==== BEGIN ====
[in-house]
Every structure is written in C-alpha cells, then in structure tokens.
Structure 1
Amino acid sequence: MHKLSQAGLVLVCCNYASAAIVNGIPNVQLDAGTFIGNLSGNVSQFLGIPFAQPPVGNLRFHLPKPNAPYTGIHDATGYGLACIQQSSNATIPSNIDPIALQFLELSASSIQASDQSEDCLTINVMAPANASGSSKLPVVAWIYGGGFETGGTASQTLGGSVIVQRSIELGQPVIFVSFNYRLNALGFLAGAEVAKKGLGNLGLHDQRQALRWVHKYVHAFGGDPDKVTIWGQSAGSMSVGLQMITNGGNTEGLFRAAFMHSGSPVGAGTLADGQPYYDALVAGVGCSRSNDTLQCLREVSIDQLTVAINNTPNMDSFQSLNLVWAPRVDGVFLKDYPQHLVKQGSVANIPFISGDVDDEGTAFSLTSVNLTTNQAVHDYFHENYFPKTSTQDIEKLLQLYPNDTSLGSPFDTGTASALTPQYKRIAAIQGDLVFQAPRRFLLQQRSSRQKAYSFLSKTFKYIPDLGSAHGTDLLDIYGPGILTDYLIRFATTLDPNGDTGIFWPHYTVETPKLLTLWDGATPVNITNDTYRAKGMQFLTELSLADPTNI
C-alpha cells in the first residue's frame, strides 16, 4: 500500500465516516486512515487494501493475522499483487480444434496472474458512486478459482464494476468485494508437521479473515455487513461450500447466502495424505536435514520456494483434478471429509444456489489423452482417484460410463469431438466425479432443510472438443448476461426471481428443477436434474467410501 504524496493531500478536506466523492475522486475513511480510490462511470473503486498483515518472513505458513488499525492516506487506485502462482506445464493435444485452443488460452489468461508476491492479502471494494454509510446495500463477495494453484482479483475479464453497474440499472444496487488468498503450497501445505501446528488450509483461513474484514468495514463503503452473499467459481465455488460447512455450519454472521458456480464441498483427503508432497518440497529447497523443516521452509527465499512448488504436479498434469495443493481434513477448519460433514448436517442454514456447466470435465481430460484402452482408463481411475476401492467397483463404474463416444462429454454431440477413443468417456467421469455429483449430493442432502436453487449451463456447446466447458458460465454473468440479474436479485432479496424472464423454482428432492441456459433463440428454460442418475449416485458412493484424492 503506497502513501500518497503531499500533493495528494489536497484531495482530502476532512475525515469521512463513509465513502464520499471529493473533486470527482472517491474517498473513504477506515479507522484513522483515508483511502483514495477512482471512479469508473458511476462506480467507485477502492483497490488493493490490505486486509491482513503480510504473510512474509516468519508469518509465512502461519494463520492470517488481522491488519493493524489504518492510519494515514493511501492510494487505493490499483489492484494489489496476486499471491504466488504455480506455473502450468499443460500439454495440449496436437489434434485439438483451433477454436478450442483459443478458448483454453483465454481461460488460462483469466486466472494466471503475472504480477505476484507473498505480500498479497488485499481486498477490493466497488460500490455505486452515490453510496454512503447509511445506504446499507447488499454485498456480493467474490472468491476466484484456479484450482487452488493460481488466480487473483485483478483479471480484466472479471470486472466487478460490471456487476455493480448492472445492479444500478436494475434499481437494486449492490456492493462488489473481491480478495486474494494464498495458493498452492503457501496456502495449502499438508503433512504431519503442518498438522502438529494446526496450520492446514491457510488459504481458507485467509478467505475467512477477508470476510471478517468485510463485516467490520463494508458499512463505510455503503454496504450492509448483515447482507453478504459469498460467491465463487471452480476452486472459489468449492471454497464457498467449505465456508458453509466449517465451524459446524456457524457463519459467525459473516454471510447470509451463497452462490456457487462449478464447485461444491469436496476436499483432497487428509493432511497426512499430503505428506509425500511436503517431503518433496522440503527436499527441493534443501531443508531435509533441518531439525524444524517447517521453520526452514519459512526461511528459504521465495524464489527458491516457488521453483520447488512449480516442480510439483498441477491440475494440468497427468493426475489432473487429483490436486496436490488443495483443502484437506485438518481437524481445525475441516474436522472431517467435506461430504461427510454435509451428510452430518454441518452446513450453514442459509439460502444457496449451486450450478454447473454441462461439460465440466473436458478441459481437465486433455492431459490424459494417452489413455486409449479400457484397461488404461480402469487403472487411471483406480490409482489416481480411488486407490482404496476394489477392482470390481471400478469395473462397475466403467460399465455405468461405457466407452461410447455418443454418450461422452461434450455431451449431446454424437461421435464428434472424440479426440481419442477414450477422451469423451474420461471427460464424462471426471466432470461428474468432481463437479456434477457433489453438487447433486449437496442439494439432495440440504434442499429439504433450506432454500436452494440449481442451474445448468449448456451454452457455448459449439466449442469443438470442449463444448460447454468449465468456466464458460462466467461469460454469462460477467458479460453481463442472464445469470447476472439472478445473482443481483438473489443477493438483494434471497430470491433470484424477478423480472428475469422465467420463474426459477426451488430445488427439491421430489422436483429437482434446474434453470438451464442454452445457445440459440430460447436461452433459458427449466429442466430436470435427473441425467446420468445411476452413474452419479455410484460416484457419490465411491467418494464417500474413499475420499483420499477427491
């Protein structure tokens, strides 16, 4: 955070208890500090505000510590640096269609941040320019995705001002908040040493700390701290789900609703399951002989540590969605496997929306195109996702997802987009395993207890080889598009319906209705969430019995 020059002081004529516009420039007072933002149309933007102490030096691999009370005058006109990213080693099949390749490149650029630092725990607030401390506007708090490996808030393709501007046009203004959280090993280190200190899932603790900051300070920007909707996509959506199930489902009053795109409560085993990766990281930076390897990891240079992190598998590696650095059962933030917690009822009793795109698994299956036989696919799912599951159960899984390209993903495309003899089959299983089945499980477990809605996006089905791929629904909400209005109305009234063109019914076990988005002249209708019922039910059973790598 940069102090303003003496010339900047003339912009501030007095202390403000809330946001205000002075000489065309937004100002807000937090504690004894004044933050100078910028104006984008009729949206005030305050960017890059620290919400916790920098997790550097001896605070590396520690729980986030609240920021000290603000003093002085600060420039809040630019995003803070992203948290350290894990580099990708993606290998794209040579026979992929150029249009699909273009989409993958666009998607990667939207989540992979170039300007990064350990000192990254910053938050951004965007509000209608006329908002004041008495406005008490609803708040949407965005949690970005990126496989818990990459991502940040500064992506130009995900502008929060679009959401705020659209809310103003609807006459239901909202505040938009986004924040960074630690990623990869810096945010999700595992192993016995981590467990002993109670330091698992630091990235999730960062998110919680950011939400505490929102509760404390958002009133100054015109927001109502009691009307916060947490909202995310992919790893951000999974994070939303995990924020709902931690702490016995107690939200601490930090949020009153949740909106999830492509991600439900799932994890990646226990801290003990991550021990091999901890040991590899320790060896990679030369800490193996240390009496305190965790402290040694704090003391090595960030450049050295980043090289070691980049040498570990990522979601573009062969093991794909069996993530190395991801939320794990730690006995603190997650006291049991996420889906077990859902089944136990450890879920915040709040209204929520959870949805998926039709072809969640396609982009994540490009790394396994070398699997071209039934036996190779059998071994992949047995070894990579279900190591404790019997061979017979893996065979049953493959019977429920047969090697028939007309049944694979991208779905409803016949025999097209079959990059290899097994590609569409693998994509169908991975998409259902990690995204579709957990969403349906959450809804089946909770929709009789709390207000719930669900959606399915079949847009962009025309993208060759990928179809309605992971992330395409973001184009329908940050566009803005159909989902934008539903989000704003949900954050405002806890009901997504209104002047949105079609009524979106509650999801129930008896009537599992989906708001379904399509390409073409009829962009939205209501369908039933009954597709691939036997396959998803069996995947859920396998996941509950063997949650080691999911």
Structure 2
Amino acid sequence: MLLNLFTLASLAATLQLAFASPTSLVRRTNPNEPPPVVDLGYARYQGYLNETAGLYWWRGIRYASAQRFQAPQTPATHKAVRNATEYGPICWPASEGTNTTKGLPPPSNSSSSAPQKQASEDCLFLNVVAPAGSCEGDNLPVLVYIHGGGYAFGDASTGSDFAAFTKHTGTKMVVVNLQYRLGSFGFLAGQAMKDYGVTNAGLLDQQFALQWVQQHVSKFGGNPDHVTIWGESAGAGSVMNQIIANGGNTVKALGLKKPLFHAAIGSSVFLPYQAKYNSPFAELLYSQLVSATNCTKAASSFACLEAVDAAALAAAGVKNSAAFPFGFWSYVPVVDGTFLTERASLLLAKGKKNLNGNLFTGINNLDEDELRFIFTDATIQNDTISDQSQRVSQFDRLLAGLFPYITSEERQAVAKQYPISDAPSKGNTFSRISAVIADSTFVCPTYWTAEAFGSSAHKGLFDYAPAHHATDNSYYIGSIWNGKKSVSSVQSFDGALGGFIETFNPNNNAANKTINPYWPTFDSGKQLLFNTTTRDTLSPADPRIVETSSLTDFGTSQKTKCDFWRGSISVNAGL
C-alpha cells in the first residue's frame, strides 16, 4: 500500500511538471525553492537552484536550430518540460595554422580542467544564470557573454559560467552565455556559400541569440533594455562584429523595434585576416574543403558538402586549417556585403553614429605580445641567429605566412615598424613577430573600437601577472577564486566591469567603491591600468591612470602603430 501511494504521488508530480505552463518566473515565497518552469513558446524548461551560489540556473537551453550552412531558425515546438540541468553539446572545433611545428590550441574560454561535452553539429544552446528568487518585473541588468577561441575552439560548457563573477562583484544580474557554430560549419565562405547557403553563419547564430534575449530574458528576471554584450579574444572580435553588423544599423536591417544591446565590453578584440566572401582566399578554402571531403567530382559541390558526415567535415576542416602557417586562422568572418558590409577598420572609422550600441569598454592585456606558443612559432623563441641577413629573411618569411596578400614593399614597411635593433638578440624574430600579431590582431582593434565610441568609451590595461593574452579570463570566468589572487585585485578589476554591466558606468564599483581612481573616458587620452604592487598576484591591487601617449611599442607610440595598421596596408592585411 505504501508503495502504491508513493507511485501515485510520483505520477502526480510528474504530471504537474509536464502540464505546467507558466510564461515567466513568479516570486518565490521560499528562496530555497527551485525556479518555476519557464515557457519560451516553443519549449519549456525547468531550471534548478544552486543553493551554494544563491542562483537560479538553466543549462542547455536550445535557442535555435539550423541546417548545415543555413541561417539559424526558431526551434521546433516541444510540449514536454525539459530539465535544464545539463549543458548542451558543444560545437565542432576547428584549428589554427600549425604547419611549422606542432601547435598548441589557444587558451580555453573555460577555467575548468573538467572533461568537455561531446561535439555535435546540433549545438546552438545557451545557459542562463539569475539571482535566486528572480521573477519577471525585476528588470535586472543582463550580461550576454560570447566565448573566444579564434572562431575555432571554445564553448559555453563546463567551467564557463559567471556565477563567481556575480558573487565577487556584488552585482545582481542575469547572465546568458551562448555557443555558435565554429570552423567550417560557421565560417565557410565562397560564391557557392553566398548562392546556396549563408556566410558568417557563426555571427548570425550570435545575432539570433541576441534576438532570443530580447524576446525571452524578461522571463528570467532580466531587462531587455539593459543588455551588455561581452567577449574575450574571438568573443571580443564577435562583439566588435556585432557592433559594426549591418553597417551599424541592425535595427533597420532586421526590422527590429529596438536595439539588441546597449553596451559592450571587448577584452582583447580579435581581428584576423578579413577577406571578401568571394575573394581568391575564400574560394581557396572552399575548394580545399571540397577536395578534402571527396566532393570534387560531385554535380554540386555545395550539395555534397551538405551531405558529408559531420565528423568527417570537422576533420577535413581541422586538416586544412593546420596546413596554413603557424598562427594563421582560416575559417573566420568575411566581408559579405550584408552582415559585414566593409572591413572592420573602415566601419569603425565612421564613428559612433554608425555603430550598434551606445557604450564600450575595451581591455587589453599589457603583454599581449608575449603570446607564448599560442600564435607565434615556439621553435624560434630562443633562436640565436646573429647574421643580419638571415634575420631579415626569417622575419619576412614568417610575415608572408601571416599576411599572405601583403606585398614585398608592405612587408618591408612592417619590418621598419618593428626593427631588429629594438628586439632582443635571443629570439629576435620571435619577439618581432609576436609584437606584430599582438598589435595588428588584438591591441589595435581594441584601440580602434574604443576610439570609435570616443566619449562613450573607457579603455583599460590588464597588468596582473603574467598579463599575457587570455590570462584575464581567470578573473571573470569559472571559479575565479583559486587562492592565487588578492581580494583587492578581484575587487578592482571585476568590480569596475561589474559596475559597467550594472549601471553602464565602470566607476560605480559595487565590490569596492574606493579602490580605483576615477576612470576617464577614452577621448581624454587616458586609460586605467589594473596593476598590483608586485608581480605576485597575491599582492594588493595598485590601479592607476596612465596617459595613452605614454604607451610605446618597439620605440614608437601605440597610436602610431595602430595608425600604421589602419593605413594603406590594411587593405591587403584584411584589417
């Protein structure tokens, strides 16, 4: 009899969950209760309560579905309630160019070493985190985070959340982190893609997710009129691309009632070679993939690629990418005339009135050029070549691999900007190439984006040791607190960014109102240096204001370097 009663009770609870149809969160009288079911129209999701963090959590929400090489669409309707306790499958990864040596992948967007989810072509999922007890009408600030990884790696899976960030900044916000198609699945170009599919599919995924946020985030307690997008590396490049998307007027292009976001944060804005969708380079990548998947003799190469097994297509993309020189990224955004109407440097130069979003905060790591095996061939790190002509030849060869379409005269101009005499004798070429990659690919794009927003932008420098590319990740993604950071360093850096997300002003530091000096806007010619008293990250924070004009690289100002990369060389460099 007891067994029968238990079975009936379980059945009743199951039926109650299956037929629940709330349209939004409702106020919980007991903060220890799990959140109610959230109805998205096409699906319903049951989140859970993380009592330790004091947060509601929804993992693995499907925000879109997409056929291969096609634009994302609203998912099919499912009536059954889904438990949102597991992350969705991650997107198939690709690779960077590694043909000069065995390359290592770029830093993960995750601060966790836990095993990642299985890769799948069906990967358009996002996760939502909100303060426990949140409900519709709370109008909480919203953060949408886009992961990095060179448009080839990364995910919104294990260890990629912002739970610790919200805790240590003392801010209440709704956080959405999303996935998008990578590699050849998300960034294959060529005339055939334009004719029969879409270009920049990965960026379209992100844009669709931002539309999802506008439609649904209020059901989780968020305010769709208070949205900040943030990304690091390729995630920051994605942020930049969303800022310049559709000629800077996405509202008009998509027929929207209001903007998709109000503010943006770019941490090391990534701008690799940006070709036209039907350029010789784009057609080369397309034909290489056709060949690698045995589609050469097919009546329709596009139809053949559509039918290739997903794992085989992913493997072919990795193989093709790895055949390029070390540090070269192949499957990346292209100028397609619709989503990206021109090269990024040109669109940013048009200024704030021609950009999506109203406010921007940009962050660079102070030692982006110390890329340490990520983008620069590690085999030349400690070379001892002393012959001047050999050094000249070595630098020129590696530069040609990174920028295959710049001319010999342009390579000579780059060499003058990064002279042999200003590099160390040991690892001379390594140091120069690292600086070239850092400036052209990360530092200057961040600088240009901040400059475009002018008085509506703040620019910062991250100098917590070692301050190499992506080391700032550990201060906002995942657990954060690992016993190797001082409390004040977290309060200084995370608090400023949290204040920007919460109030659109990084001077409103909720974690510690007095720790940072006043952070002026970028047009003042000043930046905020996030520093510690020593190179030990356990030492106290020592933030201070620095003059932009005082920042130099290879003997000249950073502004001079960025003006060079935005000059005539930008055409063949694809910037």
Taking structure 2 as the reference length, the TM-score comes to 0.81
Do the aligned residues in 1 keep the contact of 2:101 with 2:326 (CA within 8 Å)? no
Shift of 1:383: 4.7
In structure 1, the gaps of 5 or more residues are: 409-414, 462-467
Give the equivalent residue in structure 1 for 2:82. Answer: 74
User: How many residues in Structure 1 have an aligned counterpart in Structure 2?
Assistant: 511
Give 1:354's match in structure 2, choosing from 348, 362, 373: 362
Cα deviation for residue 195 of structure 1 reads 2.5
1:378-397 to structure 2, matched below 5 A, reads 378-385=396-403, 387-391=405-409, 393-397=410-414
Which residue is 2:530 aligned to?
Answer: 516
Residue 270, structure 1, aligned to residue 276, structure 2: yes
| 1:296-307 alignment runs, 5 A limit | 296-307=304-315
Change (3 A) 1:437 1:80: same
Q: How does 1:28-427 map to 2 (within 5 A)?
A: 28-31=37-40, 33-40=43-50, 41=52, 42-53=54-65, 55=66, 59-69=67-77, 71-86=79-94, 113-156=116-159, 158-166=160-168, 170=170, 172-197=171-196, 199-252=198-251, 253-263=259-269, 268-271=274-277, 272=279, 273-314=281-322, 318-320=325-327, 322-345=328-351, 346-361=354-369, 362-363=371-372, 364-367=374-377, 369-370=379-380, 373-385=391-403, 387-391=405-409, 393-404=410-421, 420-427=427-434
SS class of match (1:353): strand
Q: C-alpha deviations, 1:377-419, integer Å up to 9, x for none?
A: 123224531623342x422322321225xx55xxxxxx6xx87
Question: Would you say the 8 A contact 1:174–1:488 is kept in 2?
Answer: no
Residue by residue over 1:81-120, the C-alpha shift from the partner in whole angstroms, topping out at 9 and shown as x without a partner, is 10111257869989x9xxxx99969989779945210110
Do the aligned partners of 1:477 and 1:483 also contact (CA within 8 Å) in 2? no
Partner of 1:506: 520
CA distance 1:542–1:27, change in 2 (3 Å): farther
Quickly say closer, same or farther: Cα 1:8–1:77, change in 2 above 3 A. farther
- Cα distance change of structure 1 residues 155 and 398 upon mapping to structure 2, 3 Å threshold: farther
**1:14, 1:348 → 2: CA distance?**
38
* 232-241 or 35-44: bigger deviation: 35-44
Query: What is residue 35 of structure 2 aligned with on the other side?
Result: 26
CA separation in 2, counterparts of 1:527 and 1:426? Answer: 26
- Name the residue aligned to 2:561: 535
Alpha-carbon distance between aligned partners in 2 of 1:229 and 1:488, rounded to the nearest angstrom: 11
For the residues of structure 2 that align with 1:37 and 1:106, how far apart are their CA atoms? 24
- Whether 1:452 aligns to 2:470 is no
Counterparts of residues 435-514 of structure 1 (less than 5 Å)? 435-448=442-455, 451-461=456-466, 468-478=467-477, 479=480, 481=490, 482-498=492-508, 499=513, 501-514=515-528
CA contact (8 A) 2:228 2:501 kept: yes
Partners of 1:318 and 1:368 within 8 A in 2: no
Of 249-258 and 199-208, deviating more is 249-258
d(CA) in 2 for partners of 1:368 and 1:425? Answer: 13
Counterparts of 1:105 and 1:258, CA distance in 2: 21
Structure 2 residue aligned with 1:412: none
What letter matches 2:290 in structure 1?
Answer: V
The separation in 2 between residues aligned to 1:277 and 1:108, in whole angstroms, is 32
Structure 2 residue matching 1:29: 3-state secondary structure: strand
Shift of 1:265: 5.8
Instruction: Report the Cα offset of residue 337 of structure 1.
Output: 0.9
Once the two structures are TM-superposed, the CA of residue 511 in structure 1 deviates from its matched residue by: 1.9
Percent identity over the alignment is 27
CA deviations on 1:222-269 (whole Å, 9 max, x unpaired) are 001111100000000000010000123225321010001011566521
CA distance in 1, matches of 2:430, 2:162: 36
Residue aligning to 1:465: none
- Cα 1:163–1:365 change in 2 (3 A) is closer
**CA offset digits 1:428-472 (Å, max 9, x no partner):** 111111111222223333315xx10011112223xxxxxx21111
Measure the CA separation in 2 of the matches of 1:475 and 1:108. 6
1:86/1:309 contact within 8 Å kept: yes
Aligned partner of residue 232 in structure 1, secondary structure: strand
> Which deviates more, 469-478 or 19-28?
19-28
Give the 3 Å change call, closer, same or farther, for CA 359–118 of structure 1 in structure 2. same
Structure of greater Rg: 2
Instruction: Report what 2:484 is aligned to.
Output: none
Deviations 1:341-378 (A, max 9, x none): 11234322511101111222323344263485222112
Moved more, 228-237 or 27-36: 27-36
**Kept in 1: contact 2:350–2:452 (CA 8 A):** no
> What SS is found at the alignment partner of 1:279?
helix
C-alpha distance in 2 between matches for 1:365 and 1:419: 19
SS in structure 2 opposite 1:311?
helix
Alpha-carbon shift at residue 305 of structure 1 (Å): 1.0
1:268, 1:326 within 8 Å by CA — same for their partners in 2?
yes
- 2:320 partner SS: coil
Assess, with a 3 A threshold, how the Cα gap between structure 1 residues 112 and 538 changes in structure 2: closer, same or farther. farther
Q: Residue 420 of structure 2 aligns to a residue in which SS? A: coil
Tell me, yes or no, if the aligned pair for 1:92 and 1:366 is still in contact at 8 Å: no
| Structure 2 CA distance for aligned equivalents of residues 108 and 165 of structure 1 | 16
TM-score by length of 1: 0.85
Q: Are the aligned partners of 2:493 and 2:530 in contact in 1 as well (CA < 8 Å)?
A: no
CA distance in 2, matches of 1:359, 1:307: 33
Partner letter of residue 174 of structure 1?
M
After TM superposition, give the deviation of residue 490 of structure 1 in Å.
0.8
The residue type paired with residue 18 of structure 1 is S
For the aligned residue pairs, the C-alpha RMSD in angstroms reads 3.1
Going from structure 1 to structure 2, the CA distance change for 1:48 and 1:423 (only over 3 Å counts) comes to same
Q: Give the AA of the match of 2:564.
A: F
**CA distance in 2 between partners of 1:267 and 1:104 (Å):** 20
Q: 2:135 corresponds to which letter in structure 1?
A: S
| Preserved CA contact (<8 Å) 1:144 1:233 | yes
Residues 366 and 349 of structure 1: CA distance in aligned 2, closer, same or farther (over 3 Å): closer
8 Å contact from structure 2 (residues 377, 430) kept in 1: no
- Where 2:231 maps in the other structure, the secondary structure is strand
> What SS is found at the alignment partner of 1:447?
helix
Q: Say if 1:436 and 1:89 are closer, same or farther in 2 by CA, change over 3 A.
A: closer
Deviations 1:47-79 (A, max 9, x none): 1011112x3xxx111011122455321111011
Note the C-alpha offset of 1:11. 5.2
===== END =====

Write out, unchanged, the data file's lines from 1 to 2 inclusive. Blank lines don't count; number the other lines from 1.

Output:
[in-house]
Every structure is written in C-alpha cells, then in structure tokens.